Time to come clean on CSAs

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Insurers are lagging other financial institutions in preparing for the central clearing of derivatives and the knock-on impacts for investment strategy and risk management. Ian Cooper, Head of UK Insurance and Pension Sales, and Emily Penn, Director ALM Advisory at RBS, explain.

Although the Liability Driven Investment (LDI) population has been very proactive in making changes, the issues around central clearing have slipped under insurers’ radar due to the industry focus on Solvency II.

Under European Market Infrastructure Regulation (EMIR), more and more derivatives are now, or will be, centrally cleared. The move will mean a host of unintended consequences, affecting the assets held to match long-term liabilities.

Mandatory clearing of derivatives is expected in summer 2014 although there is scope for a temporary exemption for certain pensions business of insurers.

The main driver of change and root cause of the issues lie in clearing house demands for highly liquid collateral. Currently, under traditional “dirty” Credit Support Annexes (CSAs), insurers can post a wide range of collateral including EUR, USD and GBP cash, government and corporate bonds.

In contrast, centrally cleared derivatives will be executed under ‘clean’ CSAs, where only cash and sovereign bonds in the currency of the underlying derivative will be permitted by the clearing house. Competitive and market pressures will mean in the future, clearing houses will look at expanding the range of collateral to include high-quality corporate debt and leading-index equities.

There is a strong rationale for clean CSAs because the way derivatives are valued has undergone fundamental change over the past five years.

Pre-crisis, Libor was used to project both the future cash flows of derivatives and to discount those cash flows to price them.

However, this was no longer tenable after the financial crisis when Libor’s status as a ‘riskfree’rate was questioned. Libor is still used to project future cash flows, but now a rate based on the rate of return on the underlying collateral posted is used for discounting. This is to better reflect the cost of funding the derivative.

As a result, the value of a derivative now depends on the CSA or, more precisely, the cost of funding the collateral posted. Where Gilts and cash are posted, typically the overnight swap curve (Sonia) is used to discount the cash flows. However, for a dirty CSA there is no standard methodology to build the discount curve.

This means different CSAs lead to different valuations, and further, different banks will assign different prices even under the same dirty CSA.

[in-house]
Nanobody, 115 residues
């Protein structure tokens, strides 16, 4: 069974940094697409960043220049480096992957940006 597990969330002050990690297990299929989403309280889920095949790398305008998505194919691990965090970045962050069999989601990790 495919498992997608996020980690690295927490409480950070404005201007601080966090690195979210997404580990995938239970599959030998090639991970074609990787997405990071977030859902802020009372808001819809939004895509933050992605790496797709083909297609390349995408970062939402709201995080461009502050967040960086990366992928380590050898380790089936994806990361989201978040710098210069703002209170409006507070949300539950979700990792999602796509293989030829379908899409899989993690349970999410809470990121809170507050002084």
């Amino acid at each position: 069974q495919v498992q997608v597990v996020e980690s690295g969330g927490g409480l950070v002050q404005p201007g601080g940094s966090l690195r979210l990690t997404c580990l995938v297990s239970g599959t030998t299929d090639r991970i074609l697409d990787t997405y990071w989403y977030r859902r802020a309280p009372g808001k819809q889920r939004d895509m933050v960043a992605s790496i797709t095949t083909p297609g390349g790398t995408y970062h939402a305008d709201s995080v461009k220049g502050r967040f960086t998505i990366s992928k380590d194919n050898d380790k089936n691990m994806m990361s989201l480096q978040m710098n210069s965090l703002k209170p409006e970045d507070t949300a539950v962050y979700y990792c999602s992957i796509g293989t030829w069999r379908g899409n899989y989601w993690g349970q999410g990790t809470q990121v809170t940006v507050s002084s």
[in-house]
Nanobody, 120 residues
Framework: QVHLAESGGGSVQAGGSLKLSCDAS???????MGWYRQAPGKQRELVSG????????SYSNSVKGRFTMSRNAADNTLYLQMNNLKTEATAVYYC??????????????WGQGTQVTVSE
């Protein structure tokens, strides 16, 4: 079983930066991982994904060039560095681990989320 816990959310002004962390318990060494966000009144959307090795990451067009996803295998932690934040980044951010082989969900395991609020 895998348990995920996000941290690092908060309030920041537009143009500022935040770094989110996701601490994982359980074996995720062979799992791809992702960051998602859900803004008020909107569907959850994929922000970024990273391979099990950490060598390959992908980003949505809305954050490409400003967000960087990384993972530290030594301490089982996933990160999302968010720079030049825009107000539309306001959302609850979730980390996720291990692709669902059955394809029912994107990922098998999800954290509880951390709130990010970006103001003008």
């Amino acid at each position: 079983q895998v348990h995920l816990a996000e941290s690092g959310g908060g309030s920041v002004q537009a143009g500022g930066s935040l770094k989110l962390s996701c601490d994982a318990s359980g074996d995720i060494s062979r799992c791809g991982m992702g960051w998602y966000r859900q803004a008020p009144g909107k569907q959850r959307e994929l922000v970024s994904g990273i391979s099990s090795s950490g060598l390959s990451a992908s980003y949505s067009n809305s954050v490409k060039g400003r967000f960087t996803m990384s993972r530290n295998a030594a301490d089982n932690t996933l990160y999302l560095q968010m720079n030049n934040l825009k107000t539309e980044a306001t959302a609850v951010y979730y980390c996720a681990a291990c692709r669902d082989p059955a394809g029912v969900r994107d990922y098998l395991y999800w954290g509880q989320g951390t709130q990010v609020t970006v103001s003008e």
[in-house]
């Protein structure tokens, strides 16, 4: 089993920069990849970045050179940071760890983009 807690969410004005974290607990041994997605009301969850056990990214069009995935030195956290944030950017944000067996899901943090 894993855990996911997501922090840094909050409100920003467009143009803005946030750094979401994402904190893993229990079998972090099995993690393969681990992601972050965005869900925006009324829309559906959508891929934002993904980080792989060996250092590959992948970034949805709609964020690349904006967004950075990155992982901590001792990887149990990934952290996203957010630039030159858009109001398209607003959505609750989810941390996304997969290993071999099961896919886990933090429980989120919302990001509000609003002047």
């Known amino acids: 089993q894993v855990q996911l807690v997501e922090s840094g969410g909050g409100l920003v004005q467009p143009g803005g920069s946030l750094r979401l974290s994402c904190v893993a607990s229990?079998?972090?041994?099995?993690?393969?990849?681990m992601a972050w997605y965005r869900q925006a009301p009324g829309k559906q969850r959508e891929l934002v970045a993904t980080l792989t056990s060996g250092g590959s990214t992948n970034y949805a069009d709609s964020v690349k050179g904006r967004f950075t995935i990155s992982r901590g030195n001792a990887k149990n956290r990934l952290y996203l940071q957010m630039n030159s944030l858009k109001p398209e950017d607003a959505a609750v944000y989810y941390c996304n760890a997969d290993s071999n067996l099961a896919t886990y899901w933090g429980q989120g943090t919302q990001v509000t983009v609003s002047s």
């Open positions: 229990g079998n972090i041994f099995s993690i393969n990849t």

A further consideration for insurers is the difference between the curve used to value derivatives and the curve used to value the liabilities being hedged. Since the latter is typically a Libor swap curve, it introduces an exposure to the basis between the Libor curve and the CSA discount curve.

The result is a market that is inefficient, opaque and brings volatility to insurance company balance sheets.

Clean CSAs are much simpler because they are standardised. Libor is still used to project future cash flows but an overnight curve is used to discount them. There is more transparency, more consistent pricing and greater competition for pricing. Standardisation and clean CSAs also mean insurers’ balance sheet volatility is easier to manage.

Changing CSA terms usually involves a fee to reflect the change in value of the portfolio under the different discount curves. The insurer may receive or pay this fee depending on the size and nature of the underlying portfolio. As such, CSA changes were often just seen as a P&L opportunity for banks. However, changing regulation means insurers need to act now to prepare for the upcoming changes.

A move from a dirty to a clean CSA can be done in conjunction with a re-coupon of those derivatives with high mark-to-market valuations. The exercise reduces risk and frees up cash that can then be used either directly as collateral in a clean CSA or to invest in higher yielding assets.

For example, insurers with large annuity portfolios hold long-dated assets to match their liabilities. These funds tend not to hold large quantities of cash and Gilts at the moment, but they will be forced to do so if they have to trade derivatives centrally.

This is despite the fact that many of their investments are in high-quality, investmentgrade assets and policy-makers want insurers to become more involved in funding vital infrastructure projects.

Insurers may view the requirement to hold large quantities of cash and Gilts as collateral as a barrier to the use of derivatives. Derivatives are an important risk management tool for insurers and a reduction in use will jeopardise strong risk management practices.

The changes also mean insurers, who are typically very safe counterparties, may need more cash to post as initial margin than riskier counterparties, such as hedge funds.

This is because insurers have long-term directional contracts to hedge their liabilities, whereas hedge funds use a variety of instruments to express market views and these may have offsetting collateral requirements. In essence, insurers will be subsidising margin requirements for more risky counterparties.

In summary, insurers need to think actively about the impacts of central clearing and the need to move to clean CSAs. They will have to make the switch at some point anyway because of the forthcoming OTC bilateral (uncleared) margining rules under EMIR. These will eliminate the scope for dirty CSAs, so it is important to be well prepared so the changes can be made in a non-pressurised situation.

While the regulation changes will affect asset allocation it also brings about greater transferability and pricing transparency of derivatives.

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